O’Shea admits loss to Alouettes would make it more ‘difficult’ for Bombers to make playoffs

Quarterbacks Matt Nichols and Johnny Manziel have a lot of prove on Friday.

Nichols wants to help end the Winnipeg Blue Bombers’ four-game losing skid with a victory over Manziel and his Montreal Alouettes, and ensure he doesn’t get pulled at halftime like he did in a 32-27 loss to Saskatchewan on Sept. 8.

Manziel will try to show that he deserves to play more as he gets his third CFL start after recovering from a concussion in August and the flu last week.

Nichols threw three interceptions in the loss to the Roughriders, with two more not counting because of penalties.

Getting yanked was an experience the veteran pivot doesn’t want to repeat and he had a “great” week of practice.

“I don’t know if it lit extra fire, but obviously it was a feeling that I hadn’t had in a long, long time, and one that I definitely don’t want again,” Nichols said.

“I’ve always said the past is the past. Sometimes it’s easier to say it and harder to actually have your mind believe it.”

Manziel was traded to Montreal from Hamilton on July 22. He last played on Aug. 11 when he suffered a concussion in a game against Ottawa. The former Heisman Trophy winner backed up Antonio Pipkin the past two weeks, but said last week that he could have played.

“Obviously, I might have let my frustration get the better of me,” Manziel said after arriving in Winnipeg.

“I could have kept that in and kept that as a private matter, but nevertheless I want to play and (am) here to play and I came up here to play. ”

Manziel is 0-2 in his starts, completing a total of 27 of 46 pass attempts for 272 yards and four interceptions. The picks were all thrown in his CFL debut, a 50-11 loss to the Tiger-Cats.

Pipkin is 2-2 as a starter. Montreal (3-9) is coming off a loss to the B.C. Lions, a game in which Pipkin threw four interceptions.

Even though Manziel’s NFL career with the Cleveland Browns flamed out and his off-field troubles kept making headlines, he’s feeling pretty good about his comeback.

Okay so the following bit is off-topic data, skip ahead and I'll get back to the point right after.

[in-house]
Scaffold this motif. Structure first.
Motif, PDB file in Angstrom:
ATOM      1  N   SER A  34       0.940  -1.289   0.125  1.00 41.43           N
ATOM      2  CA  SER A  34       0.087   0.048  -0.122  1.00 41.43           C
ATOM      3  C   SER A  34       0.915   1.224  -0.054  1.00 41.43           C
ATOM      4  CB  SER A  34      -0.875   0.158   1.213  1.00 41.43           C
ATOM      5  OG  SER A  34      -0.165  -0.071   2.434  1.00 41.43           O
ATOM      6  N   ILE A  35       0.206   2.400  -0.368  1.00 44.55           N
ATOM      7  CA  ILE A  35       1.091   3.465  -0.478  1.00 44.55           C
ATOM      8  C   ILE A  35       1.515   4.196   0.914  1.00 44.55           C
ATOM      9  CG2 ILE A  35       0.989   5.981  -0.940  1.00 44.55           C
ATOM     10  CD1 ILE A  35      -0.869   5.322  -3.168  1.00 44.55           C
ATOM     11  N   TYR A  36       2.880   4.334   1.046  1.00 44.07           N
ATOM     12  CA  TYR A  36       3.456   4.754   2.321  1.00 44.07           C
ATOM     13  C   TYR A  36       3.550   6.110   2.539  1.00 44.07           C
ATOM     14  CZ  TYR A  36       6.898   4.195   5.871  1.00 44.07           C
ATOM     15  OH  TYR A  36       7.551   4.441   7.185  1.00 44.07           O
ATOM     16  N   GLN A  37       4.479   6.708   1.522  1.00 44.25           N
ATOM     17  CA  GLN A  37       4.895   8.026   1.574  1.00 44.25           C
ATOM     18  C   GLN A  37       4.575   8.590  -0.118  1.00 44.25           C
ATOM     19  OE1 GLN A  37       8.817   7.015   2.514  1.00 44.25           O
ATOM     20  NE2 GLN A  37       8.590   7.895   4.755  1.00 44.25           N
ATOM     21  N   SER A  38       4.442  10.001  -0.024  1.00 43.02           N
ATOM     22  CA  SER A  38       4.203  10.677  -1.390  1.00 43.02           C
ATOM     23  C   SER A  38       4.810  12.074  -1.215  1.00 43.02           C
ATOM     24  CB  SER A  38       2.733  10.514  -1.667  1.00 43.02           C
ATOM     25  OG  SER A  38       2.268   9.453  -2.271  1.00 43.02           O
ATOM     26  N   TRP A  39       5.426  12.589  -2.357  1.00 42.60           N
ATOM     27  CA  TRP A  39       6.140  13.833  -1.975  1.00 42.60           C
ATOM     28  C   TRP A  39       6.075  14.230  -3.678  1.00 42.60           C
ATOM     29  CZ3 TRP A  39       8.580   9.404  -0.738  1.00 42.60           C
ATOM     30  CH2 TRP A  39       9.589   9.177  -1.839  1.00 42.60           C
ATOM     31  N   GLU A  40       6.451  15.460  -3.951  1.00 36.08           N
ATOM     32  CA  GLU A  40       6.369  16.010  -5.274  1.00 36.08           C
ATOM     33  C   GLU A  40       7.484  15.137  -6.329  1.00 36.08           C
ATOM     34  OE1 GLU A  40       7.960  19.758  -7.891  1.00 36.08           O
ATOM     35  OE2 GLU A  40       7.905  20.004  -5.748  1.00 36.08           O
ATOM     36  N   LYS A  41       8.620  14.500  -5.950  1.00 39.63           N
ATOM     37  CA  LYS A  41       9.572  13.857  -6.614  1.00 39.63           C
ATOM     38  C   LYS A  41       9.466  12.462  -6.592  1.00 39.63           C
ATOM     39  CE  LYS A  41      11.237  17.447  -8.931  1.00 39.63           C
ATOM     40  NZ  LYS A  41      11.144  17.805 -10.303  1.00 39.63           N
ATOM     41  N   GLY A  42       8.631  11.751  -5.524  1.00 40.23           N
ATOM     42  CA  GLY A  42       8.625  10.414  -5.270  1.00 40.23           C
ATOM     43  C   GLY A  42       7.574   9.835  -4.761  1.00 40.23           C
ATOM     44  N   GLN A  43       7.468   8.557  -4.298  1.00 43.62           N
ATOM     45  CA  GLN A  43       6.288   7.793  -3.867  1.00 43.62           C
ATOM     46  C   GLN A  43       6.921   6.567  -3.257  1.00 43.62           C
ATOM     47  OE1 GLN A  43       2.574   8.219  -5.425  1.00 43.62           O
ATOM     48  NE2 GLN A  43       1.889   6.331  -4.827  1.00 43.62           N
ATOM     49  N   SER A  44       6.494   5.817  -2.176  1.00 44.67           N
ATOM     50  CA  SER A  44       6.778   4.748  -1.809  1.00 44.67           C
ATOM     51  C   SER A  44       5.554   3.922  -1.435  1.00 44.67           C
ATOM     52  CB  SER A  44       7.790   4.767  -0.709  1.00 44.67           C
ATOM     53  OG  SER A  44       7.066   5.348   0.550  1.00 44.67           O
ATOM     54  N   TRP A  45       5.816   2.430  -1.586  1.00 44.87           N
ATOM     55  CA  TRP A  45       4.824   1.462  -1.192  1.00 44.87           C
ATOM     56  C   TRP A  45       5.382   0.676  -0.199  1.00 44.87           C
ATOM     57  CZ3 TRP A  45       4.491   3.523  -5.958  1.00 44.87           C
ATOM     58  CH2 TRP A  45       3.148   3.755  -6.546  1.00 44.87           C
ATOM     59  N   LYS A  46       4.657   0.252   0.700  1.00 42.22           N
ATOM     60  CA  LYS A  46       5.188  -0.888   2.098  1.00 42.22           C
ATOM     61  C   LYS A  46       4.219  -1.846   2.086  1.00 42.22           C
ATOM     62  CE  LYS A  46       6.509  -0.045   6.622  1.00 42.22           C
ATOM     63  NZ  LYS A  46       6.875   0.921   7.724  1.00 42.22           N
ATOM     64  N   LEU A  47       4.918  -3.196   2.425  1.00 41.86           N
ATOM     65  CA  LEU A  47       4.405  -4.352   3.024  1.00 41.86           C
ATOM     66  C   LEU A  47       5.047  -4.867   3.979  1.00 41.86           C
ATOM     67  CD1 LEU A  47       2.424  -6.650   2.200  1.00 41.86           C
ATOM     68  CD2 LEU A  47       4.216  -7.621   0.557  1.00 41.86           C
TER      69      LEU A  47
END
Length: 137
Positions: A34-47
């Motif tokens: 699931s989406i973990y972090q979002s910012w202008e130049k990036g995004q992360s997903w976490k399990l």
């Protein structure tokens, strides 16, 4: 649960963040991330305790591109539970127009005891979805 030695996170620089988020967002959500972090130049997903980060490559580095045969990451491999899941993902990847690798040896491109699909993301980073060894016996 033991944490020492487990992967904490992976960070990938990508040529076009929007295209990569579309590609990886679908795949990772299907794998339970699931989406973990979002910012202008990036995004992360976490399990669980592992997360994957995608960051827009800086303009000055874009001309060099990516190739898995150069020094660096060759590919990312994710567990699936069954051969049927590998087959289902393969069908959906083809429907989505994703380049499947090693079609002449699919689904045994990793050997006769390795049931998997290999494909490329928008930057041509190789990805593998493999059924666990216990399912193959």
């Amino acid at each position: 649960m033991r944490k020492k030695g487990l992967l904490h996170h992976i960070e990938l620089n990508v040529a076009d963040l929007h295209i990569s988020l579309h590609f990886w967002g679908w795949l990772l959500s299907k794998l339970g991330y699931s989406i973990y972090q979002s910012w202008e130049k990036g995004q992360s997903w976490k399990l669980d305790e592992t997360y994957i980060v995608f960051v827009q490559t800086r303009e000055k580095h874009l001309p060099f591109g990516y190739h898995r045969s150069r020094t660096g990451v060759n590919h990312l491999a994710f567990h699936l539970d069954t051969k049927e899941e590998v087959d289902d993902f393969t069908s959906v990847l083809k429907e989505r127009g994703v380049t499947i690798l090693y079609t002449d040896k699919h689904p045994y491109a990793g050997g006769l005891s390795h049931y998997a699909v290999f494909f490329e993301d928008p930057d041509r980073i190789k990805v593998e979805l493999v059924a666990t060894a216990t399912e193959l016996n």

“Personally, on and off the field, I’ve come a long way from December of 2015 and the last time I was on a football team and walking onto a football field,” he said.

“It’s been an interesting journey. It’s taken a lot to get here, a lot of people here on the outside. Life’s changed a lot for me, but I’m happy with where I’m at and glad to be back to football.”

His reputation of being a talented, mobile quarterback who can burn defences has stuck with the former Texas A&M star, even though his body of CFL work is small.

“There isn’t a lot of film out there, but his reputation precedes himself,” Bombers linebacker Adam Bighill said. “We know he’s capable of extending plays and doing a lot of things with his legs.”

The outcome of Friday’s game could have big implications on Winnipeg’s quest to make the playoffs. The Bombers (5-7) are in fifth place in the West Division behind the B.C. Lions (5-6).

Winnipeg head coach Mike O’Shea acknowledged a loss might make it “a little more difficult” to qualify for the post-season.

“In all these games we’ve had very good opportunities to change the outcome, but we maybe haven’t made the most of those opportunities,” O’Shea said of the losing streak.

The Bombers are coming off a bye week and Nichols has tried to forget his last game, where he went 10-for-20 for 165 yards, no touchdowns and the three picks before being replaced by Chris Streveler.

“I’ve done a good job this week, especially during bye week … understanding the few mistakes, forgiving yourself, moving on, not allowing those things to be extra weight on you,” Nichols said.

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